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Contemporary Art Programs /

Serious Play: Translating Form, Subverting Meaning

An exhibition devoted to the exploration of the forms of childhood play that encourage experimentation, chance, failure, and humor as a process in contemporary art.


JUN 27-AUG 18, 2019


FREE Admission


Gallery at BRIC House
647 Fulton Street
(Enter on Rockwell Place)
Brooklyn, NY 11217
United States
Get Directions

Image by Jason Wyche 

EXHIBITION ON VIEW June 27 - Aug 18, 2019

OPENING RECEPTION: Thurs, June 27, 2019 from 7-9PM



Serious Play: Translating Form, Subverting Meaning is devoted to an exploration of forms of play as a process in contemporary art. Traditionally seen as an activity of childhood, for enjoyment and recreation rather than for serious or practical purpose, play is also at the heart of artistic practice.  Processes and values that inform play – making, taking apart and crafting back together, transforming space, and improvising – can be equally applied to the process of artistic creation in the studio. Serious intent, however, defines artists engaging in the realm of play.

Artists Chris Bogia, Damien Davis, Kat Chamberlin, and Ronny Quevedo provide tools to embolden the viewer through the act of play to think differently about issues of gender, race, and class. For Amanda Valdez and Julien Gardair, play with the materiality of paint and cloth instructs an awareness of the mutability of shapes and ideas. For all six artists, embracing the forms of childhood play that encourage experimentation, chance, failure, and humor provides a roadmap into better ways of being in the world.

SELECT PRESS: Brooklyn Paper and Galerie


June 27 (7-9PM)

Opening Reception
Join us at the opening reception on June 27 from 7-9pm with music by DJ Boston Chery. We'll also be celebrating the opening of the new hallway exhibition, Muriel Stockdale: E Pluribus - Out of Many, and the new café murial, David Rios Ferreira's Don't you see I got everythin' you need

July 12 (12:30-2PM)

Lessons in Learning/Unlearning: Project 404
A practice of attention that aspires to help us remain active and creatively engaged, with our environment and ourselves, while using the devices that have become our unconscious appendages. 


July 13 (3-4PM)

Coffee & Conversation: Serious Play
Join artists Kat ChamberlinDamien Davis, and Ronny Quevedo for a gallery tour and discussion of their work in Serious Play: Translating Form, Subverting Meaning. Coffee provided!

July 19 (12:30-2PM)

Lessons in Learning/Unlearning: Alt-Text as Poetry
This workshop led by Shannon Finnegan and Bojana Coklyat, will explore how alt-text —an element in web design whose wording often values less creative needs like algorithms and click throughs —can possibly be reframed through poetry writing as a liberatory art practice.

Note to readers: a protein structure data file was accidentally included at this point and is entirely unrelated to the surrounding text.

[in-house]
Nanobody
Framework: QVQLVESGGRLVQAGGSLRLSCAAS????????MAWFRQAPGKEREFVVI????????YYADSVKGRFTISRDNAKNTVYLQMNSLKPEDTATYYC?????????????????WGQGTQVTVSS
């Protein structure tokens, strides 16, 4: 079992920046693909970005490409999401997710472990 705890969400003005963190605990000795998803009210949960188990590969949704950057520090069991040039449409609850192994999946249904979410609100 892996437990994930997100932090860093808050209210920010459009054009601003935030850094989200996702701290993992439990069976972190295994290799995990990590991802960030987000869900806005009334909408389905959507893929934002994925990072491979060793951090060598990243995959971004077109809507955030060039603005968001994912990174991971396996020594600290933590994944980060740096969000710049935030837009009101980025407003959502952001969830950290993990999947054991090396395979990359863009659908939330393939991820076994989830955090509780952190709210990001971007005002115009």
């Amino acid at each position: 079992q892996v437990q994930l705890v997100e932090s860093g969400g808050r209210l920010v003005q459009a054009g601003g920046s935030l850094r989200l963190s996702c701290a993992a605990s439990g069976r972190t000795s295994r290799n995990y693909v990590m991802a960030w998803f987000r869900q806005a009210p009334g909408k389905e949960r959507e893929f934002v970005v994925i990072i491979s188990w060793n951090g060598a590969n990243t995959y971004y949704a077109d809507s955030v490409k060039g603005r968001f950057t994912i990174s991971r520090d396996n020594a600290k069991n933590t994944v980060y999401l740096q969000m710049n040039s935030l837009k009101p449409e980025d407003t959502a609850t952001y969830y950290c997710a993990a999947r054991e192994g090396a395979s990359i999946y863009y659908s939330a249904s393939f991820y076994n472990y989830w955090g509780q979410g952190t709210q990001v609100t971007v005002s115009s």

July 26 (12:30-2PM)

Lessons in Learning/Unlearning: Piecing Things Together
On Damien Davis' large table-top puzzle, visitors are asked to work together to assemble the puzzle while engaging in the uncomfortable lexicon of invisible systems of oppression.


OPEN HOUSE/OPEN STUDIOS: Summer 2019 Artists
Aug 1 (6:30-7:30PM)

Piecing Things Together with Damien Davis
Gather around Damien Davis' large mirrored table top puzzle on view in the exhibition Serious Play and work alongside other members of the community to assemble the puzzle and confront the issues of racism embedded within it.

OPEN HOUSE/OPEN STUDIOS: Summer 2019 Artists
Aug 1 (7:30-8:30PM)

C-O-N-T-E-M-P-T, A Performance by Kat Chamberlin          
C-O-N-T-E-M-P-T is a durational performance culminating out of observations of the training methods of competitive college cheerleaders. Using minimalist stainless steel armature and pedestals, the artist creates equipment that accommodates the female form to enact movements that instinctually elicit pain. The sculptures highlight how this response, either erotic or violent, is inherently connected to the drive to compete. For the performance five uniformed cheerleaders will alternate between spotting for each other, stretching, and balancing on the sculptures. The work as the artist states, “examines the impossible space between the feminist embrace of fragility and the hyper-feminine viewed as threat.”


Venue Information:

The 3,000 square-foot Gallery in BRIC House has soaring 18-foot ceilings that permit major exhibitions focusing on emerging and mid-career artists and curators. 

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